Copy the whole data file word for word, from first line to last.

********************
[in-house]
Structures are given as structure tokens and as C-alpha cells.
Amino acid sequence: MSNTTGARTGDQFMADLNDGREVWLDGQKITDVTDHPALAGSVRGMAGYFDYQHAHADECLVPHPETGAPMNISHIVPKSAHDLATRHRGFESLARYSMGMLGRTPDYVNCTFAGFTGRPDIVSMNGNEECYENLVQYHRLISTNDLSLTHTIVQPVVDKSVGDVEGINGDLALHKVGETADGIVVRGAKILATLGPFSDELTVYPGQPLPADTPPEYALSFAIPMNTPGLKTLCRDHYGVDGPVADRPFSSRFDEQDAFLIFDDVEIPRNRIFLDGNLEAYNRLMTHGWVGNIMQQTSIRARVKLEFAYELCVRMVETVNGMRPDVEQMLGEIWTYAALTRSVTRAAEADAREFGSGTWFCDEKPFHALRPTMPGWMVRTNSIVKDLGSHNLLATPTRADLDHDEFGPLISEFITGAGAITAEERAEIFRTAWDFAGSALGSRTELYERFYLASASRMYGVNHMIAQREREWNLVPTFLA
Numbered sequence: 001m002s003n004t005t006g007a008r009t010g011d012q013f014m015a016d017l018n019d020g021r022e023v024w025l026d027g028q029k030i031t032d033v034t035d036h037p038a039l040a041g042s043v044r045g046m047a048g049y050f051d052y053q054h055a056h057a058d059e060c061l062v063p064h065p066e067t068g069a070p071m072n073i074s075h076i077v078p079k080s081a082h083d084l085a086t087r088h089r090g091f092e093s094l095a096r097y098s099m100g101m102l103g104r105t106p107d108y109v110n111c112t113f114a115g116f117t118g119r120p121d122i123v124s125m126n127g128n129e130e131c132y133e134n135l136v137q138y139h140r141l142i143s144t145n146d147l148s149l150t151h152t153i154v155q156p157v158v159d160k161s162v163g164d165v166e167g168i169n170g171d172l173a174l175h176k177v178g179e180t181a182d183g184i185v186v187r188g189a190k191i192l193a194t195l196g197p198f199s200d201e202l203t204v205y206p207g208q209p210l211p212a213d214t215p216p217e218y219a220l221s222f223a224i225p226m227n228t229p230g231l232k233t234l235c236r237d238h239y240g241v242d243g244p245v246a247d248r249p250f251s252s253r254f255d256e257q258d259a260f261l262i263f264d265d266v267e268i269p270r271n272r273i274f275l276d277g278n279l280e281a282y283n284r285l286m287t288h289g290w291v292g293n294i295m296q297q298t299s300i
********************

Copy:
[in-house]
Structures are given as structure tokens and as C-alpha cells.
Amino acid sequence: MSNTTGARTGDQFMADLNDGREVWLDGQKITDVTDHPALAGSVRGMAGYFDYQHAHADECLVPHPETGAPMNISHIVPKSAHDLATRHRGFESLARYSMGMLGRTPDYVNCTFAGFTGRPDIVSMNGNEECYENLVQYHRLISTNDLSLTHTIVQPVVDKSVGDVEGINGDLALHKVGETADGIVVRGAKILATLGPFSDELTVYPGQPLPADTPPEYALSFAIPMNTPGLKTLCRDHYGVDGPVADRPFSSRFDEQDAFLIFDDVEIPRNRIFLDGNLEAYNRLMTHGWVGNIMQQTSIRARVKLEFAYELCVRMVETVNGMRPDVEQMLGEIWTYAALTRSVTRAAEADAREFGSGTWFCDEKPFHALRPTMPGWMVRTNSIVKDLGSHNLLATPTRADLDHDEFGPLISEFITGAGAITAEERAEIFRTAWDFAGSALGSRTELYERFYLASASRMYGVNHMIAQREREWNLVPTFLA
Numbered sequence: 001m002s003n004t005t006g007a008r009t010g011d012q013f014m015a016d017l018n019d020g021r022e023v024w025l026d027g028q029k030i031t032d033v034t035d036h037p038a039l040a041g042s043v044r045g046m047a048g049y050f051d052y053q054h055a056h057a058d059e060c061l062v063p064h065p066e067t068g069a070p071m072n073i074s075h076i077v078p079k080s081a082h083d084l085a086t087r088h089r090g091f092e093s094l095a096r097y098s099m100g101m102l103g104r105t106p107d108y109v110n111c112t113f114a115g116f117t118g119r120p121d122i123v124s125m126n127g128n129e130e131c132y133e134n135l136v137q138y139h140r141l142i143s144t145n146d147l148s149l150t151h152t153i154v155q156p157v158v159d160k161s162v163g164d165v166e167g168i169n170g171d172l173a174l175h176k177v178g179e180t181a182d183g184i185v186v187r188g189a190k191i192l193a194t195l196g197p198f199s200d201e202l203t204v205y206p207g208q209p210l211p212a213d214t215p216p217e218y219a220l221s222f223a224i225p226m227n228t229p230g231l232k233t234l235c236r237d238h239y240g241v242d243g244p245v246a247d248r249p250f251s252s253r254f255d256e257q258d259a260f261l262i263f264d265d266v267e268i269p270r271n272r273i274f275l276d277g278n279l280e281a282y283n284r285l286m287t288h289g290w291v292g293n294i295m296q297q298t299s300i